If you're paying attention, you know that the U.S. desperately needs to transform its energy strategy to reduce fossil-fuel use and minimize carbon emissions. The proposals trickling out of Congress are generally tepid half measures that fail to address the critical nature of the problem.
Scientific American put a group of their analysts to work and crafted a grand plan to eliminate dependence on imported oil. And, best of all, the cost is much less than what the country is spending today on ill-advised military adventures around the world.
The linchpin of the plan is solar electricity. From the article:
Solar energy’s potential is off the chart. The energy in sunlight striking the earth for 40 minutes is equivalent to global energy consumption for a year. The U.S. is lucky to be endowed with a vast resource; at least 250,000 square miles of land in the Southwest alone are suitable for constructing solar power plants, and that land receives more than 4,500 quadrillion British thermal units (Btu) of solar radiation a year. Converting only 2.5 percent of that radiation into electricity would match the nation’s total energy consumption in 2006.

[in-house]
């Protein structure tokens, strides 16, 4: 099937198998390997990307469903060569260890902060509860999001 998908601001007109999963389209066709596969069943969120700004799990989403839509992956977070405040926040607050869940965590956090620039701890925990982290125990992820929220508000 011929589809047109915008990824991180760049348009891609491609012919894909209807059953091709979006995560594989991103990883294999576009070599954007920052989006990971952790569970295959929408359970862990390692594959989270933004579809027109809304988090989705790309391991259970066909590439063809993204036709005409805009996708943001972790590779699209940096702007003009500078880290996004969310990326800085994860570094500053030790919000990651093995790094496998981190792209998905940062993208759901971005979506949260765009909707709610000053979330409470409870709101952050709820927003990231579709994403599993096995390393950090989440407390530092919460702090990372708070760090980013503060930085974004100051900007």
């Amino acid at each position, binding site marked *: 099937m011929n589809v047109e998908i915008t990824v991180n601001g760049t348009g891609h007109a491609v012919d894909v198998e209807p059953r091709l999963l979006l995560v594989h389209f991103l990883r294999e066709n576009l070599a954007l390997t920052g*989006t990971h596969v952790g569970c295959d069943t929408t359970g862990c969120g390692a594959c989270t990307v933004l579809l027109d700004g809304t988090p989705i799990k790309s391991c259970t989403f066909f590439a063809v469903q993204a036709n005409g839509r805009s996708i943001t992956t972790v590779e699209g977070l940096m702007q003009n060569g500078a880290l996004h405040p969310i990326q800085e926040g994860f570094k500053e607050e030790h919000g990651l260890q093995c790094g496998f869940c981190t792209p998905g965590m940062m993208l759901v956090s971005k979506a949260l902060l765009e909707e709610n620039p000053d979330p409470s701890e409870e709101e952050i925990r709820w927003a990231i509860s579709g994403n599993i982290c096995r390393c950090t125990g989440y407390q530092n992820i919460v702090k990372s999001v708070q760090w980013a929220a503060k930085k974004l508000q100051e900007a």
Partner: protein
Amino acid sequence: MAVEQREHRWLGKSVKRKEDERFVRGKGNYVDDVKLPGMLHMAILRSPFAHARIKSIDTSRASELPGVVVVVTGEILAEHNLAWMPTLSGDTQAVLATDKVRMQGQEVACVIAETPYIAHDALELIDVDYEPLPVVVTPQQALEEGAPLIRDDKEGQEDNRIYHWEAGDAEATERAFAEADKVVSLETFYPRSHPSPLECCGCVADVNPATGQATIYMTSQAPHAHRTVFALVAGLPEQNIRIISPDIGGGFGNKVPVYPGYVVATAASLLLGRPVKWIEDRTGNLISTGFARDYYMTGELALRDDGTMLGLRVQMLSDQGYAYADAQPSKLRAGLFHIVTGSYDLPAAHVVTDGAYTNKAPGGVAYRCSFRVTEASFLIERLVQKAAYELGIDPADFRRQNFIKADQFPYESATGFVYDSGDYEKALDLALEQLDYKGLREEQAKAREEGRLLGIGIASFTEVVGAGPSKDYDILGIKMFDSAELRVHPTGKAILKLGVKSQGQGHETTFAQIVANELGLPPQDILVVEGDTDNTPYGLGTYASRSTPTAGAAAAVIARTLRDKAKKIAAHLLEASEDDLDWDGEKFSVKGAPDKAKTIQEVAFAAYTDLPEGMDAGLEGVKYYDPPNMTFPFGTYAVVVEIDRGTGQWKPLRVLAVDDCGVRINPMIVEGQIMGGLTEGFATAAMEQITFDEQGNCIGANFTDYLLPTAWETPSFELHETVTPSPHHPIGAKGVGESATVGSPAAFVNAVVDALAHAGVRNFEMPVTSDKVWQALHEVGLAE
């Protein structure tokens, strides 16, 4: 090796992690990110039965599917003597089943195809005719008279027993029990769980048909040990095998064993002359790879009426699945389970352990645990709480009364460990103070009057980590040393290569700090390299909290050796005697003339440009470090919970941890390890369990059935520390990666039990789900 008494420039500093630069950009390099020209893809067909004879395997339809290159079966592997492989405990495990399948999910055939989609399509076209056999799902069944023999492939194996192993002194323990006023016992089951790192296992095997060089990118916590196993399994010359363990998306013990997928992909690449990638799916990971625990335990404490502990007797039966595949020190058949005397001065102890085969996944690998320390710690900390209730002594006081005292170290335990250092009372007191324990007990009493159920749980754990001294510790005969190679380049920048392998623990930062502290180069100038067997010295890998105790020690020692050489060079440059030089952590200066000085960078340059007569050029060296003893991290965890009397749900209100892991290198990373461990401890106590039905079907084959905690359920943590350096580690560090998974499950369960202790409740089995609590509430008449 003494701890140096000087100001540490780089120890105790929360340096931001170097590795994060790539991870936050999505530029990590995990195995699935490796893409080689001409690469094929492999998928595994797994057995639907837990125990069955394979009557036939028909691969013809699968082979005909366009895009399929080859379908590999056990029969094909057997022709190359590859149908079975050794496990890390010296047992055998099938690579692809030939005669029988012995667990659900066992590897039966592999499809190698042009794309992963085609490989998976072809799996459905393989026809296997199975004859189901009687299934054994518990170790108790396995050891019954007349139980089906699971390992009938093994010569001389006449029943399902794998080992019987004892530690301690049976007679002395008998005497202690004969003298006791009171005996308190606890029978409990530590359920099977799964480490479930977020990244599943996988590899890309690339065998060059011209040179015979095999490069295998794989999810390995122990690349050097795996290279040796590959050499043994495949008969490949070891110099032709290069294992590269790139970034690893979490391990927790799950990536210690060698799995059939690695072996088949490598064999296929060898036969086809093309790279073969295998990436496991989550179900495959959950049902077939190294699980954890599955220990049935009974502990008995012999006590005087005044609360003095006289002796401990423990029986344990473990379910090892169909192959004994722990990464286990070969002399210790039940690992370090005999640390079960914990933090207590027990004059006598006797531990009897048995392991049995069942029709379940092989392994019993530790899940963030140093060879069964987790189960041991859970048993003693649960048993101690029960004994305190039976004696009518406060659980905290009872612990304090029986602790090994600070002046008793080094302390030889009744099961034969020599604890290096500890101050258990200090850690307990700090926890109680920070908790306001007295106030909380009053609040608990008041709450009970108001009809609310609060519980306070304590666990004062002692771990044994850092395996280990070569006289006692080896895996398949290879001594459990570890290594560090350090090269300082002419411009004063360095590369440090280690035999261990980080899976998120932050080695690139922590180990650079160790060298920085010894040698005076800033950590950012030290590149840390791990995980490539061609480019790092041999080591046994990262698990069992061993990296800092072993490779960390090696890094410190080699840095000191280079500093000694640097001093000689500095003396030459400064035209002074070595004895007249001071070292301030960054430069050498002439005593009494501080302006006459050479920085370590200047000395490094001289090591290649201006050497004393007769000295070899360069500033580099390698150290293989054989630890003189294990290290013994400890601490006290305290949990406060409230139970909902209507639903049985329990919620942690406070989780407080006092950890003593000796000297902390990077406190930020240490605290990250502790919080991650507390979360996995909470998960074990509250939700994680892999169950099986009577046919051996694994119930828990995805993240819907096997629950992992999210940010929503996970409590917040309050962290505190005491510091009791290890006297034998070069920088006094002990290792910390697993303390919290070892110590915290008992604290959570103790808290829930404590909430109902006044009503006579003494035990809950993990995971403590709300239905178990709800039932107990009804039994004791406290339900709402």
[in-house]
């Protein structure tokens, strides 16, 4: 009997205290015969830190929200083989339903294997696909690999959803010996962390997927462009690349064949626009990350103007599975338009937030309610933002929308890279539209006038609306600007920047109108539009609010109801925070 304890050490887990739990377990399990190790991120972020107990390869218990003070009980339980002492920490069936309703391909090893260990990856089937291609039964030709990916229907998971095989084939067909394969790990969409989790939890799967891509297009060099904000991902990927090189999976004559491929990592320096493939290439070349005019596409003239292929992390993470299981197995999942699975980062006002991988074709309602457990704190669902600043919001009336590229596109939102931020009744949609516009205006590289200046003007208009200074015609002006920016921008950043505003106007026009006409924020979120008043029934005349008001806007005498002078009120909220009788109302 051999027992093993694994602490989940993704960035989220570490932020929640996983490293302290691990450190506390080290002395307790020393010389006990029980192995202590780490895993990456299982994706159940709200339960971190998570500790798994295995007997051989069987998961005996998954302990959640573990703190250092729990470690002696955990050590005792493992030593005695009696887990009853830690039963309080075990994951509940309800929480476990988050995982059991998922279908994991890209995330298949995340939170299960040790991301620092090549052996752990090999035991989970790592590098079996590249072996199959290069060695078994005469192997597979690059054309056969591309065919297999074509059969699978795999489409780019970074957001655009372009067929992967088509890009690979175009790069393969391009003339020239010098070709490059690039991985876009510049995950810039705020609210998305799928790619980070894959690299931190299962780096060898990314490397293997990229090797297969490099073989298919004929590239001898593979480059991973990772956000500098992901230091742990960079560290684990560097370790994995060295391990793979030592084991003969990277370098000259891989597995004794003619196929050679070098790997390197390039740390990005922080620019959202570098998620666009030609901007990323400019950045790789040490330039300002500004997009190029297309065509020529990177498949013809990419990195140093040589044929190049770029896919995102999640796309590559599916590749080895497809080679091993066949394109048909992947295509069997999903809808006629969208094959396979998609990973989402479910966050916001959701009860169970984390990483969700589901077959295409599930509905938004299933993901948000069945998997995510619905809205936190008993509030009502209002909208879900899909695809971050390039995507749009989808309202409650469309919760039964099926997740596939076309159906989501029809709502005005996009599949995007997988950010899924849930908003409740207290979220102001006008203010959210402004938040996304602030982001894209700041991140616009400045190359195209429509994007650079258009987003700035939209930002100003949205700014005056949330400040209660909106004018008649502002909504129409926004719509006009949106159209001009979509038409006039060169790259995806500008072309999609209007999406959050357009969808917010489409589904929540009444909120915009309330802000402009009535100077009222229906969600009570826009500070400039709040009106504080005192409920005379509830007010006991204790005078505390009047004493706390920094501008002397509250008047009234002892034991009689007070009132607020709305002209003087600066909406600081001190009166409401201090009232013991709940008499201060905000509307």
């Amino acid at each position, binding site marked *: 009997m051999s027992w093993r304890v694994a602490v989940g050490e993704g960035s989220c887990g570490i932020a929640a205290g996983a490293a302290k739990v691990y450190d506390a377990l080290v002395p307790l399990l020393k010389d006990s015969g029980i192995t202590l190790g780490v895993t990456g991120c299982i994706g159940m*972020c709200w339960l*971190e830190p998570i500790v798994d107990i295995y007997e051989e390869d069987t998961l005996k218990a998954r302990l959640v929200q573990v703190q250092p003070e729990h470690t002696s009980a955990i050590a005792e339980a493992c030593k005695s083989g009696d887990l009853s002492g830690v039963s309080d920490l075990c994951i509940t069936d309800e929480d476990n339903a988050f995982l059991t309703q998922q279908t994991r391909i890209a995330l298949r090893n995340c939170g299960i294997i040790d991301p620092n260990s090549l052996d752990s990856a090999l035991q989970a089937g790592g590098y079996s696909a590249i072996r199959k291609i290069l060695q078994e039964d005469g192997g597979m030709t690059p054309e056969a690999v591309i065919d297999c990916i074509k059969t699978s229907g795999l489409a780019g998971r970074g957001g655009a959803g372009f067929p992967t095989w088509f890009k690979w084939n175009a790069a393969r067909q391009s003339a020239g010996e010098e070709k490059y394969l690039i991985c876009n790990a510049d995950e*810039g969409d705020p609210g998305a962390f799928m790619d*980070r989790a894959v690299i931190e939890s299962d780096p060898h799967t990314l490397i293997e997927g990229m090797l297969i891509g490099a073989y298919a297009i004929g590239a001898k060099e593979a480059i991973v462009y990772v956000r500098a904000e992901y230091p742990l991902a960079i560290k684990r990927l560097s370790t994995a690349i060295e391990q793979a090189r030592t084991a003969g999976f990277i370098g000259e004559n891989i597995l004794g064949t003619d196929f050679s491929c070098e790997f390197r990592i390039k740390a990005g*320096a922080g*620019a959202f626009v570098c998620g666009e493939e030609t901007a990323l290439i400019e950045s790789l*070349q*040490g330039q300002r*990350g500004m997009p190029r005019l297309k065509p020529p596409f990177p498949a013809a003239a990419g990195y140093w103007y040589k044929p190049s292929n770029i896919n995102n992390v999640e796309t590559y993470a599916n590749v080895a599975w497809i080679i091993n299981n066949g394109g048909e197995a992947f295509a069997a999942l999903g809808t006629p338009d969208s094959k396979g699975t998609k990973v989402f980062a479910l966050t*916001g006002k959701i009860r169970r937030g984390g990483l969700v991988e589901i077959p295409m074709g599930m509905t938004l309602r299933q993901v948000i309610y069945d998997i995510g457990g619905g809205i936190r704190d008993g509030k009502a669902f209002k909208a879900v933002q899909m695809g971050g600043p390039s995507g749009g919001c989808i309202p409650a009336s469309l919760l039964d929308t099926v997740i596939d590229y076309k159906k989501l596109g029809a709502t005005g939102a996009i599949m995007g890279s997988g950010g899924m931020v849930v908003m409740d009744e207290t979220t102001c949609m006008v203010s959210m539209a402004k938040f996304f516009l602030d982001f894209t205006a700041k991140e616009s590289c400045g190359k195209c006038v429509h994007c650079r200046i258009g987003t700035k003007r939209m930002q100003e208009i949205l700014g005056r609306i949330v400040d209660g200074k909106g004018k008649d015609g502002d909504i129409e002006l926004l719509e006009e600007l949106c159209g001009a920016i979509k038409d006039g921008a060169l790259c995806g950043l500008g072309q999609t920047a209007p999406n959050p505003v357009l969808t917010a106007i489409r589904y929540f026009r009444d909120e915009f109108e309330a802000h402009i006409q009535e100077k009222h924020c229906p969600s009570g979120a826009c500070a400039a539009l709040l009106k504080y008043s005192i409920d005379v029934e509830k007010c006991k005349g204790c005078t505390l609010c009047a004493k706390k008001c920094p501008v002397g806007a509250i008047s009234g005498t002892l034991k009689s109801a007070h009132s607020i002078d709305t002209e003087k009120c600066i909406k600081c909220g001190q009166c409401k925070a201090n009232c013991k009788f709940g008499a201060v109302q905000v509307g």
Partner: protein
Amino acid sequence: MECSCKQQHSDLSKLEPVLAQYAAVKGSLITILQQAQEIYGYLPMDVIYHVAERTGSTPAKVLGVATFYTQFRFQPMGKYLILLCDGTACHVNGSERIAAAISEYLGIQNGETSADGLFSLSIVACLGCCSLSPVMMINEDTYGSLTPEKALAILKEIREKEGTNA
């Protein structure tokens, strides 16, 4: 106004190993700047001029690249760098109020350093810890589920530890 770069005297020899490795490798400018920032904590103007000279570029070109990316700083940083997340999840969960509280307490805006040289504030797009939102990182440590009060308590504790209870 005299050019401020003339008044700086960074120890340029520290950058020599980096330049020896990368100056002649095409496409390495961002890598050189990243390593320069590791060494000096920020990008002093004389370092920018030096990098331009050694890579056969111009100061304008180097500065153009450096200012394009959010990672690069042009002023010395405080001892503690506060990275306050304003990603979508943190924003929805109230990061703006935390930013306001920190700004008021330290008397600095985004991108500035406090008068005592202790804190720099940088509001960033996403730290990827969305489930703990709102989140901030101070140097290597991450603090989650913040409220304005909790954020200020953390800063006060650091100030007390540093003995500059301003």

The plan also describes how development of wind, biomass, and geothermal energy systems could eventually supply 100 percent of the nation's requirements and 90 percent by the year 2100. Energy independence is within reach, but we also need to dramatically scale down the lost dollars being funneled into military interventions.